(CN) – The company that supplied preserved human corpses to the controversial “Bodies” exhibition can proceed with a libel and defamation lawsuit against a competing tour that claimed the specimens were executed Chinese prisoners bought on the black market.
Hongjin Sui, a doctor of anatomy, and Dalian Hoffen Bio-Technique preserved human bodies and organs in plastic and then sold them to Premier Exhibitions, which specializes in creating museum exhibits that tour internationally.
The researchers say they obtained unclaimed cadavers from China in keeping with the country’s practice of delivering such specimens to scientific research. Premier launched the “Bodies: The Exhibit” in Tampa, Fla., about six years ago.
After the exhibit closed in 2008, the Institute for Plastination (IFP) launched a competing tour called “Body Worlds,” also in Tampa for six months.
Sui, Dalian Hoffen Bio-Technique, Dalian Medical University Plastination and Premier President and CEO Arnie Geller sued Institute for Plastination and its former director, Gunther von Hagens for defamation and tortuous inference.
They claim von Hagens directed a former employee, Dequiang Sun, to lie about the origin of Sui’s work for an investigative news piece that aired on ABC’s “20/20.”
In that newscast, the defendants claimed that “(1) the bodies for the ‘Bodies … the Exhibition’ were purchased on China’s ‘black market,’ and were bodies of tortured, abused and executed Chinese prisoners; (2) dealers made ‘body runs’ to the ‘black market’ and purchased bodies which included executed prisoners for approximately $200-300; (3) executed bodies were located in a rotting warehouse in northern China; (4) von Hagens stated it was quite normal that executed prisoners were used for anatomical purposes in China; (5) the bodies were obtained illegally; and (6) the bodies which were either obtained from the ‘black market’ or otherwise illegally obtained were used in ‘Bodies … the Exhibition.'”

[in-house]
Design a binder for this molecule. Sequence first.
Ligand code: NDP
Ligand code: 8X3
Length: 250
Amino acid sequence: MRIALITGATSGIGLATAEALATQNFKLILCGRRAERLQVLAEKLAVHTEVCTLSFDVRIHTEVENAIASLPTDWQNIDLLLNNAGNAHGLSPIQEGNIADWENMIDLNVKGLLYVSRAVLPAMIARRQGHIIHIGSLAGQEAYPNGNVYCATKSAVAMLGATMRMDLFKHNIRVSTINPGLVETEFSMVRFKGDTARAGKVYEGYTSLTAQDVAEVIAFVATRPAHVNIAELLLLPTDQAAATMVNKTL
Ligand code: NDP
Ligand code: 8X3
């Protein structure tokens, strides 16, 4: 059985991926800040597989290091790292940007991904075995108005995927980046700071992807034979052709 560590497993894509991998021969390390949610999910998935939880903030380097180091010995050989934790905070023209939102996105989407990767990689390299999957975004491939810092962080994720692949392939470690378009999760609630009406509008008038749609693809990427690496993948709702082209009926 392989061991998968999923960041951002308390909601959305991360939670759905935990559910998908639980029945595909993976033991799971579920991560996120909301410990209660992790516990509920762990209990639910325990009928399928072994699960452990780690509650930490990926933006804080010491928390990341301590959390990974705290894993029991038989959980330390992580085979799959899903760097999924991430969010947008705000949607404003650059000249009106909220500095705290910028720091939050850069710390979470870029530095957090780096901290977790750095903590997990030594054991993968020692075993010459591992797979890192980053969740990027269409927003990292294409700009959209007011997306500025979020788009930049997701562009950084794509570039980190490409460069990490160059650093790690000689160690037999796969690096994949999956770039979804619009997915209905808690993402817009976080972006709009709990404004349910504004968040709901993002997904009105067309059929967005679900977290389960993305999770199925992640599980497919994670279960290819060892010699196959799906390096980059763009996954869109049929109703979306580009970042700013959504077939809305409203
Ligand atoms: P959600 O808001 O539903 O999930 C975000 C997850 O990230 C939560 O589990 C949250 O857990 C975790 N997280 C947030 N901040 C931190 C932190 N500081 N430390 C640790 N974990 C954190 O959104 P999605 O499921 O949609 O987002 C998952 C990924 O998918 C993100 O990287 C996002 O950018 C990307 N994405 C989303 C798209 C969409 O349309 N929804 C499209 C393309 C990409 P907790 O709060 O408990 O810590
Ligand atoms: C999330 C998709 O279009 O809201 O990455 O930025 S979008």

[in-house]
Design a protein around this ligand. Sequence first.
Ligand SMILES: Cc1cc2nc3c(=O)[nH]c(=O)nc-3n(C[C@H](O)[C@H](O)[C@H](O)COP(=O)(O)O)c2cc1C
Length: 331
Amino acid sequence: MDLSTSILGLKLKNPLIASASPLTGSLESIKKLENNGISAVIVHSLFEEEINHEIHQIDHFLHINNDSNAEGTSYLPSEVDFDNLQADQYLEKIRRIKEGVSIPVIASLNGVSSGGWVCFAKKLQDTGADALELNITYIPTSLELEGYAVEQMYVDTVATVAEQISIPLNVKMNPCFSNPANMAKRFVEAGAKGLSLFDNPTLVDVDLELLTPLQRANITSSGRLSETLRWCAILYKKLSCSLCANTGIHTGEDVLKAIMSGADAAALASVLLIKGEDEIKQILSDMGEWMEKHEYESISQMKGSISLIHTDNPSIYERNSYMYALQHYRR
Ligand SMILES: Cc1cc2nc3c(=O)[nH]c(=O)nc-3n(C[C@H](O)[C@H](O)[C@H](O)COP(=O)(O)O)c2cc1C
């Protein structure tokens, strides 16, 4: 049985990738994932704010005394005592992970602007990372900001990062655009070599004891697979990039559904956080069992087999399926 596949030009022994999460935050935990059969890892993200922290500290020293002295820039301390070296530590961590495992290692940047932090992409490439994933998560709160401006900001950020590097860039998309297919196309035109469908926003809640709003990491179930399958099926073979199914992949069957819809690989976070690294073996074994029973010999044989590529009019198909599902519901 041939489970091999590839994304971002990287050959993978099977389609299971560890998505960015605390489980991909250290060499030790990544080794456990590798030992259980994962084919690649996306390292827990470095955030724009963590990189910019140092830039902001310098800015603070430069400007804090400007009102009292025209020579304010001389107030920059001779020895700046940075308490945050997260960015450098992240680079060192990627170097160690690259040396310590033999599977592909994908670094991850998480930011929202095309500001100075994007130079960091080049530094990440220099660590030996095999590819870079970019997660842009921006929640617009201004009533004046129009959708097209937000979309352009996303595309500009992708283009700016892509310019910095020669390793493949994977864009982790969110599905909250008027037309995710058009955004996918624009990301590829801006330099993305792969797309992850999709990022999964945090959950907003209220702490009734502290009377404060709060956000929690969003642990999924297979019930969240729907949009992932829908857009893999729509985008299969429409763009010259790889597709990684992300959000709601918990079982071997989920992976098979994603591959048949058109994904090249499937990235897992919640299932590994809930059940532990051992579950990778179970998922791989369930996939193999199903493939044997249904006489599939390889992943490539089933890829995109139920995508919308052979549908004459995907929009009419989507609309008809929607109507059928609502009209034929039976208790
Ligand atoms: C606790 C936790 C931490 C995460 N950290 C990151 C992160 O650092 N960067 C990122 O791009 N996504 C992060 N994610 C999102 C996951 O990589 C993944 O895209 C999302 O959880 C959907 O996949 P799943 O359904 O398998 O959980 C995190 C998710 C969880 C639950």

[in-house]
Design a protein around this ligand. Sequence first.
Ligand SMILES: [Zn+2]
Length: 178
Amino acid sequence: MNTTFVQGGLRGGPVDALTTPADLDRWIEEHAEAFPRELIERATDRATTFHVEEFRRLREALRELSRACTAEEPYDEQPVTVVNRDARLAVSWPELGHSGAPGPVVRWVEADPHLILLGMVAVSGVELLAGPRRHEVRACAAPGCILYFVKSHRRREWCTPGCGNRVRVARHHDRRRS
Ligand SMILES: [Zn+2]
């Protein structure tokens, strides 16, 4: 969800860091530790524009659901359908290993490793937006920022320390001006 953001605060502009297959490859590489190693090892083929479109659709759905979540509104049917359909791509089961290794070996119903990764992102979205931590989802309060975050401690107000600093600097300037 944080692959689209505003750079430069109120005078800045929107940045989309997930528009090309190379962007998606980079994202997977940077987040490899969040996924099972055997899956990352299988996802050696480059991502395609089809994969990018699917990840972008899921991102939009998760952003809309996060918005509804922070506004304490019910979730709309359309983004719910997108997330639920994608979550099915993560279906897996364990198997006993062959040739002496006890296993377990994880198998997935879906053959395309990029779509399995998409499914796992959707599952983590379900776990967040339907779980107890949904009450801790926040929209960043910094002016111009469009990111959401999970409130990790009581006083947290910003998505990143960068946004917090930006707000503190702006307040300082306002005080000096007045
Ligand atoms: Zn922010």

Von Hagens filed a motion to dismiss claiming he had said only that “it is not quite normal that executed prisoners are used for anatomical purposes in China,” which he defends as directed toward the Chinese anatomical community and prison system, not the exhibit.
U.S. District Judge Elizabeth Kovachevich rejected the motion on June 6 and directed him to answer the complaint.
“Through Sun, von Hagens allegedly directed the false information to ABC with the intent that it be broadcasted nationally. In airing these statements, von Hagens allegedly harmed the Plaintiffs’ reputation in each forum in which their plastinated works are exhibited,” Kovachevich wrote.
The Institute for Plastination also tried to have the complaint dismissed, saying von Hagen does not work for it.
“Specifically, Plaintffs argue that the frequent reference to von Hagens’ founding and involvement with IfP, reflected on IfP’s website, allows for a reasonable inference that von Hagens is an agent of IfP under the doctrine of apparent authority,” the ruling states.
Kovachevich disagreed here in a separate ruling. “However, through the alleged actions carried out by von Hagens specified in the Second Amended Complaint, IfP is responsible for an intentional tort. As an agent of IfP, von Hagens allegedly intended that defamatory information be broadcasted nationwide and, thus, directed at every state in which the Plaintiffs’ plastinated displays might be exhibited,” she wrote.
Kovachevich also rejected the company’s motion for summary judgment in a third decision, finding that the lawsuit was time barred after two years.
“In present case, plaitiffs’ defamation claim is based on statements aired on the Feb. 15, 2008 episode of 20/20,” she wrote on June 13. “Accordingly the plaintiff’s filed their complaint on February 15, 2010 – within two years of the broadcast.”
The defendants had argued that “20/20” conducted the actual interview earlier, but ultimately the judge found that the statute starts the clock at first publication.
Lastly, Kovachevich rejected the argument that the tortuous-inference claim was made up of the defamatory statements and does not fall under the single cause of action rule.
“This court finds sufficient evidence that plaintiff’s tortuous interference claim is not simply a restatement of the
defamation claim but is based on separate conduct engaged in by the defendants,” Kovachevich wrote.
Kovachevich refused to reconsider her ruling on June 29. That same day, she also came down against the defendants’ response to the complaint. She ruled that about 20 of the defendants’ affirmative defenses as specific denials, but refused to strike another three affirmative defenses that she found sufficiently pleaded.
In May, the creators of “Bodies” won a similar ruling to continue suing a human rights foundation that attacked the exhibit’s methods.